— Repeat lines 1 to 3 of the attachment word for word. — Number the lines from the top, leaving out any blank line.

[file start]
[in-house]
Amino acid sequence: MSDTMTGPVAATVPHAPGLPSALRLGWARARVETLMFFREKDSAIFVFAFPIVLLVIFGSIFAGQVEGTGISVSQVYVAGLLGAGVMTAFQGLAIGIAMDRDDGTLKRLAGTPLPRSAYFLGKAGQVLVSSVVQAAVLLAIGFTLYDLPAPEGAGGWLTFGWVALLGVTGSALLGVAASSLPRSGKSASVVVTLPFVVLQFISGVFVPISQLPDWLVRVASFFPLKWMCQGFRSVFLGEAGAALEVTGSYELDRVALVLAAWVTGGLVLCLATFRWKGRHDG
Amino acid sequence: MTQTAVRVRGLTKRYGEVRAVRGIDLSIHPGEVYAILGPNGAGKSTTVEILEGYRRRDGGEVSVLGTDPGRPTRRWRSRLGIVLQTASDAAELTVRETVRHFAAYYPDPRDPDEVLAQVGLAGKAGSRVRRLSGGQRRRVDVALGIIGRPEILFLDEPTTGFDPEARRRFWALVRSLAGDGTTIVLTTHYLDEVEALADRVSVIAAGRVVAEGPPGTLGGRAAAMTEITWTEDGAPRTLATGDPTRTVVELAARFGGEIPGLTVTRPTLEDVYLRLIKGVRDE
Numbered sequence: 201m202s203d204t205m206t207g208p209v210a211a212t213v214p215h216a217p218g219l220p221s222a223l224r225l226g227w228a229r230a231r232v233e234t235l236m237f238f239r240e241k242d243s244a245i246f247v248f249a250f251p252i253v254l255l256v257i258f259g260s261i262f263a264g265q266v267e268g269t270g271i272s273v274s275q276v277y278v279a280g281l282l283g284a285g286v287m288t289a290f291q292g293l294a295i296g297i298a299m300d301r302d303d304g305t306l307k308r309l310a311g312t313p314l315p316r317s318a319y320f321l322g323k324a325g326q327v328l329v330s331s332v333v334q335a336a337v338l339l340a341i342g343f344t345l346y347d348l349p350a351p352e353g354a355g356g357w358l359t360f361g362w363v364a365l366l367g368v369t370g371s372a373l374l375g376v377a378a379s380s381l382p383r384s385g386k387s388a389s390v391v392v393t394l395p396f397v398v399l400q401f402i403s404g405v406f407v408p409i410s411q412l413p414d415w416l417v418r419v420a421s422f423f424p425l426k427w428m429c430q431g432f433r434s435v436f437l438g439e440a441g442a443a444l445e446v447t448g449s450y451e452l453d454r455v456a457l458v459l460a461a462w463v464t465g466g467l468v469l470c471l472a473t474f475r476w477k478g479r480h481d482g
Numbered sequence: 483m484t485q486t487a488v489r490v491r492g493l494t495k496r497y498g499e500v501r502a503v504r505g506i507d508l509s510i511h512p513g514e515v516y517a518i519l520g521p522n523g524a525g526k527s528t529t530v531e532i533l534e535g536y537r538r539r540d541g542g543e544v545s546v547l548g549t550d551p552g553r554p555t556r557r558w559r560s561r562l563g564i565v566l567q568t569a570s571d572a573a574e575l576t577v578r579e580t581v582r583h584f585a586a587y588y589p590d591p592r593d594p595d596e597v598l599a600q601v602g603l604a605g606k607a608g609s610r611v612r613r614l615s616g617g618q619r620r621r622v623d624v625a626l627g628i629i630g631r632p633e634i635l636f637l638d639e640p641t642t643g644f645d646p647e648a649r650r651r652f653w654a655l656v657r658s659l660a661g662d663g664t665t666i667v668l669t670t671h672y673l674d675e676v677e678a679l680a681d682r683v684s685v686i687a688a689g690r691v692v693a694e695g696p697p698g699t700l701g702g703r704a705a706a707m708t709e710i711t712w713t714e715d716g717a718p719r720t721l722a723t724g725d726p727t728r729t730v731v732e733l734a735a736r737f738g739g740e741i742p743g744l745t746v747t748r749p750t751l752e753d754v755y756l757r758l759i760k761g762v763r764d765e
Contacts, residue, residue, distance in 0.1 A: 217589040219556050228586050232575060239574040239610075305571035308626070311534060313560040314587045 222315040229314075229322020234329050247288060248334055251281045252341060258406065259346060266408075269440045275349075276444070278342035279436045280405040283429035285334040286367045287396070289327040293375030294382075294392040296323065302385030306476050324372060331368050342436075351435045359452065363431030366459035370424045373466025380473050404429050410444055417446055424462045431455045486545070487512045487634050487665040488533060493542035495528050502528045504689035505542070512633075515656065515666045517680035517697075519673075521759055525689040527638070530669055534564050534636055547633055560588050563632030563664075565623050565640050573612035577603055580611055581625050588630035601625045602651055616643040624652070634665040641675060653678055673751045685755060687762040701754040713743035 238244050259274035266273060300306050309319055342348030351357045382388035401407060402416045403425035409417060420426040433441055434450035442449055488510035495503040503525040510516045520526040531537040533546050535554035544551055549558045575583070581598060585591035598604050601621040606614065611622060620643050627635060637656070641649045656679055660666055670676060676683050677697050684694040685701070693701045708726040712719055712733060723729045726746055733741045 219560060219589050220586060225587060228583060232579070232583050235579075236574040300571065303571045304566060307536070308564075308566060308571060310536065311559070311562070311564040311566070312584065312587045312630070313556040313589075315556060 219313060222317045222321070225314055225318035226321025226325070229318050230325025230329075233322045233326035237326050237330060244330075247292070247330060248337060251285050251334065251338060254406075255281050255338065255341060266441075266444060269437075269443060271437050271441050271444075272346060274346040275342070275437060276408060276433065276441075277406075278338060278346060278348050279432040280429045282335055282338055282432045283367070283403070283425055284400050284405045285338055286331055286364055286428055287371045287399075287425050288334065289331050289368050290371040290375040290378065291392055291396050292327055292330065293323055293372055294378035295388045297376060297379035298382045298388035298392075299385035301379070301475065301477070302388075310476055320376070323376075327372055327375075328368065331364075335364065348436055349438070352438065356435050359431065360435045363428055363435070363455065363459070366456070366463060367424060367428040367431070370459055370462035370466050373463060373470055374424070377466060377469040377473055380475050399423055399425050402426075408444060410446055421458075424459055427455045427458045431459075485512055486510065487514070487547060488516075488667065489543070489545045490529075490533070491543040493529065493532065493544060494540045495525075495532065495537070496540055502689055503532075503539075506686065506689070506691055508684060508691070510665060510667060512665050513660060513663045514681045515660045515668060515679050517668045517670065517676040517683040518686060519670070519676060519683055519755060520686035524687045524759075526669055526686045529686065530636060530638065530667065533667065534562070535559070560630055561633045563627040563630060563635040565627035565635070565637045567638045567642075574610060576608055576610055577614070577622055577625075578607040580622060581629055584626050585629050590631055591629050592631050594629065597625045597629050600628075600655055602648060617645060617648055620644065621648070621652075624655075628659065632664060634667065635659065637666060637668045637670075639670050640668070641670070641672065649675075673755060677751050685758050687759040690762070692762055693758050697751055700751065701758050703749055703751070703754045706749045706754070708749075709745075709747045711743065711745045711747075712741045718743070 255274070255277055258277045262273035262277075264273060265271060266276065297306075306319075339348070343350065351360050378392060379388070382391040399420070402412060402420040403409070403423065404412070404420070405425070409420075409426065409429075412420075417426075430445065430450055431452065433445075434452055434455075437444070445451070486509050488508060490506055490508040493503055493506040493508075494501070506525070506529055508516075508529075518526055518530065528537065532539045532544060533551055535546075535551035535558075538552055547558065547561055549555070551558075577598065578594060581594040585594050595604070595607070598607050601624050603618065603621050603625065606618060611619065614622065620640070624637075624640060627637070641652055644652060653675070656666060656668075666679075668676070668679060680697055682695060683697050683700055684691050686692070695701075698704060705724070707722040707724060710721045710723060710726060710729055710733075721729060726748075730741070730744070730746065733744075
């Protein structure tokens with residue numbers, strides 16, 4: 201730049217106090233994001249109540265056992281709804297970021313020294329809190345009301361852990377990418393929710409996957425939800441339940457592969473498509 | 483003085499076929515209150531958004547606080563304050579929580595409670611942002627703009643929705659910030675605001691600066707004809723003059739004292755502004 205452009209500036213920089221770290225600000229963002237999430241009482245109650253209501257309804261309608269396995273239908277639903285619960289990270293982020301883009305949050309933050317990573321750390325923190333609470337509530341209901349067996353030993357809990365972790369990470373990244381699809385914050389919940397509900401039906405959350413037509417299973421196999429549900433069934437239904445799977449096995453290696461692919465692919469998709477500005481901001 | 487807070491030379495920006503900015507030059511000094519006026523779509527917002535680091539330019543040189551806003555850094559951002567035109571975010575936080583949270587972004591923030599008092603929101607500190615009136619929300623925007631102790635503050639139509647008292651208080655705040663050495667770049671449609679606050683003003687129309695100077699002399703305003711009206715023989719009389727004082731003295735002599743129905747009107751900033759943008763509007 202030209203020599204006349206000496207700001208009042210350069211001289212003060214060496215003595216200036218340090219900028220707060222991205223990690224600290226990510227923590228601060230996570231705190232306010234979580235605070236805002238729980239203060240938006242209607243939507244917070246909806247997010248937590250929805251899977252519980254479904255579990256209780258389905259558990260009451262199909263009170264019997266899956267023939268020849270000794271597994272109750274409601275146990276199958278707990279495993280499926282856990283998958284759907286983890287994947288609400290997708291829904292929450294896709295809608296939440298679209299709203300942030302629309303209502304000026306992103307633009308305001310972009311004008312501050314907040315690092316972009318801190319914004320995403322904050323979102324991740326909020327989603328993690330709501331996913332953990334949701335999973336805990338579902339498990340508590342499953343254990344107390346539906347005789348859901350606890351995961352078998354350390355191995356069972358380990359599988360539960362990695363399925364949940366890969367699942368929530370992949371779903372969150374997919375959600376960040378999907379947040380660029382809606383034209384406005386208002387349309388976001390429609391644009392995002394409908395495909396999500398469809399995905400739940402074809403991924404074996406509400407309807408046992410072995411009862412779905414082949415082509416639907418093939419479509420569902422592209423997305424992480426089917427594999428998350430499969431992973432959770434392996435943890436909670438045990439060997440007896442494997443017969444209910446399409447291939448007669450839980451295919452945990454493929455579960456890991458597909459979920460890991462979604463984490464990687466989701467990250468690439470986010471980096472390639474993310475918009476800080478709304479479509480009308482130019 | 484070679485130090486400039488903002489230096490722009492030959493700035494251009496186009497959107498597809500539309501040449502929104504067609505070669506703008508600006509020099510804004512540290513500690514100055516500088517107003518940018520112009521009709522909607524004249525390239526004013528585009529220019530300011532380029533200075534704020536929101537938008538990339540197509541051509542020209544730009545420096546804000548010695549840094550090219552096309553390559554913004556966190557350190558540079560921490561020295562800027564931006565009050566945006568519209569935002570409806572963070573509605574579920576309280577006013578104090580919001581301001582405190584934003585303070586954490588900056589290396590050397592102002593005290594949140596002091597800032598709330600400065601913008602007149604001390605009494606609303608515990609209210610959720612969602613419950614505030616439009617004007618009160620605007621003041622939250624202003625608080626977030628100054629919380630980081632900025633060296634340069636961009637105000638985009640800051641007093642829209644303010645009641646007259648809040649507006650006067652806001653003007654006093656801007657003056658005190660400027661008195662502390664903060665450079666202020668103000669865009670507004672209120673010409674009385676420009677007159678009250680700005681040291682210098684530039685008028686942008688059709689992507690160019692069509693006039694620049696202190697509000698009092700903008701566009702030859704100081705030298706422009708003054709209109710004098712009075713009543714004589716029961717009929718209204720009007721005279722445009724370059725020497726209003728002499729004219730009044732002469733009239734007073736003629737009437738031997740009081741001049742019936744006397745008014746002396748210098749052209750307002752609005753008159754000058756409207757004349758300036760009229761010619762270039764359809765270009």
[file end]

[in-house]
Amino acid sequence: MSDTMTGPVAATVPHAPGLPSALRLGWARARVETLMFFREKDSAIFVFAFPIVLLVIFGSIFAGQVEGTGISVSQVYVAGLLGAGVMTAFQGLAIGIAMDRDDGTLKRLAGTPLPRSAYFLGKAGQVLVSSVVQAAVLLAIGFTLYDLPAPEGAGGWLTFGWVALLGVTGSALLGVAASSLPRSGKSASVVVTLPFVVLQFISGVFVPISQLPDWLVRVASFFPLKWMCQGFRSVFLGEAGAALEVTGSYELDRVALVLAAWVTGGLVLCLATFRWKGRHDG
Amino acid sequence: MTQTAVRVRGLTKRYGEVRAVRGIDLSIHPGEVYAILGPNGAGKSTTVEILEGYRRRDGGEVSVLGTDPGRPTRRWRSRLGIVLQTASDAAELTVRETVRHFAAYYPDPRDPDEVLAQVGLAGKAGSRVRRLSGGQRRRVDVALGIIGRPEILFLDEPTTGFDPEARRRFWALVRSLAGDGTTIVLTTHYLDEVEALADRVSVIAAGRVVAEGPPGTLGGRAAAMTEITWTEDGAPRTLATGDPTRTVVELAARFGGEIPGLTVTRPTLEDVYLRLIKGVRDE